DENTAL PRACTICE ARTICLES
Hygiene coordinators do not have an easy job. It’s tough calling people and constantly facing the apathy of patients who don’t value hygiene appointments, because after all, it’s just a cleaning, it can wait! If you continue doing things the same way, you are very likely to get the same result. I was in an office last week where the hygiene coordinator asked me a very valid question – “How many times are we supposed to call people before we stop?” Great Question!! It made me stop and think that the methods that we are using are not working, so now what? Let’s try something different.
I asked this lovely lady to show me some examples of how many times she had called patients. First, we looked at the recall list where next to each name I could only see L/M, L/M, L/M, L/M, (left message). I understand that it is difficult to reach patients through the day and everyone seems to have voicemail, so the path to least resistance is to leave a message and wait for the patient to call back. We know that doesn’t work, so don’t repeat it. I also noted in the patient’s record that the first call was made in April, the second in May, the third in September, the fourth in November. The problem wasn’t in the number of calls made, but the length of time between the calls. By the time the fourth call was made, the patient was already 7 months overdue for his/her recall. Why does that matter? Because, if
2 or 3 or 7 months can lapse between telephone calls, it is not urgent or important for the patient to call you back and by then your patient has forgotten about the first telephone call.
New Strategy Now for something completely different.
3 Steps for Total Recall Success
Step 1. – Make the first telephone call using the following wording:
“”Mrs. Smith, this is Sandie from Dr. Jones’ office. You are due for your dental hygiene appointment and I’m calling to schedule that for you. When you get this message, would you please call me back at ___________. I look forward to speaking with you. Have a great day. “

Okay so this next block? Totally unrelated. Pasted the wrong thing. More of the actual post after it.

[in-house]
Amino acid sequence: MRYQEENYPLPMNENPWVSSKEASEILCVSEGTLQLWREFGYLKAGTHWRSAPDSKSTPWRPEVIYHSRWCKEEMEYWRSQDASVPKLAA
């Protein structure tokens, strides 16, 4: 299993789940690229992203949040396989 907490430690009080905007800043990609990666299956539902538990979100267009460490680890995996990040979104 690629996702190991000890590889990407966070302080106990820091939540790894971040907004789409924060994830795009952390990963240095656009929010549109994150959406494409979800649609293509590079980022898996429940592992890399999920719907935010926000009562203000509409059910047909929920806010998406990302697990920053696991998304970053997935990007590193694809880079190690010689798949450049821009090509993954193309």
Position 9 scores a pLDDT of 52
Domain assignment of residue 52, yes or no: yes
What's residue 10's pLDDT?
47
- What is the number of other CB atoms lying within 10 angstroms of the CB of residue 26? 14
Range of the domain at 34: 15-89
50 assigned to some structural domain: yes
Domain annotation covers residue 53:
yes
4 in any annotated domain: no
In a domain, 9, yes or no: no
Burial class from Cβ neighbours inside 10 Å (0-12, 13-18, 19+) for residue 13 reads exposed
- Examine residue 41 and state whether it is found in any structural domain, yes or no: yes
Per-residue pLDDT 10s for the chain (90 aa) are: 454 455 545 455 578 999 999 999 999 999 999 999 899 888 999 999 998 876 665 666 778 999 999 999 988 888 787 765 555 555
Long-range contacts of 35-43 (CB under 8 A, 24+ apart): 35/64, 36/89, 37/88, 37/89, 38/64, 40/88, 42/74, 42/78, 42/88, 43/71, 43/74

Note in the computer record – call no. 1 placed.
Step 2 – within one week of the first call, call again using the following wording:
“Mrs. Smith, this is Sandie again. I left a message for you last week. Dr. Jones has asked me to call you to schedule your dental hygiene appointment. Could you please call me back as soon as possible at _______________. Thanks so much and I’m looking forward to speaking with you.”
Note in the computer record – call no. 2 placed.
Step 3 – within the next week after the second call
After the third call and if there is still no response from the patient, send him/her the attached letter:
“Mrs. Smith, this is Sandie from Dr. Jones’ office. Dr. Jones has asked me to
call you. Could you please call me back as soon as possible at _______________.
Thanks so much and I’m looking forward to speaking with you.”
Dear Mrs. Smith
Dr. Jones has reviewed your dental chart and noticed that you are overdue for
your continuing care appointment. Regular examinations and hygiene appointments
are necessary to maintain good dental health and prevent more complicated problems
Preventive dentistry results in saving you time and money. Most dental
conditions are easier to treat when diagnosed in the early stages and result
in less complicated and costly procedures becoming necessary. Please call me at
________ to schedule your appointment. If you have any questions, please
do not hesitate to contact us.
Dental Hygiene Coordinator
All 3 calls should be made within the same month. There should be no time lapse between. That’s the difference.
Using this 3-step strategy helps patients to realize that dental hygiene appointments are not ‘just a cleaning’ – they are very important steps to oral health . If patients don’t hear from you for one or two months between calls, you are sending them a message that it’s o.k. to wait. Doing so, puts your hygiene recalls months behind and makes it difficult to catch up. This is further reinforcement that it’s o.k.
to wait, it’s not a big hairy deal.
Ideally, no patients should leave your practice without a prescheduled appointment, but if they do, help them to see that this is an important and valuable dental appointment.
Preventive dentistry will save them time and money in the long run. It is our job, as dental professionals, to help our patients see the value in keeping their appointments.
It is never a matter of pestering patients, it’s a matter of doing our jobs!
Author: Sandie Baillargeon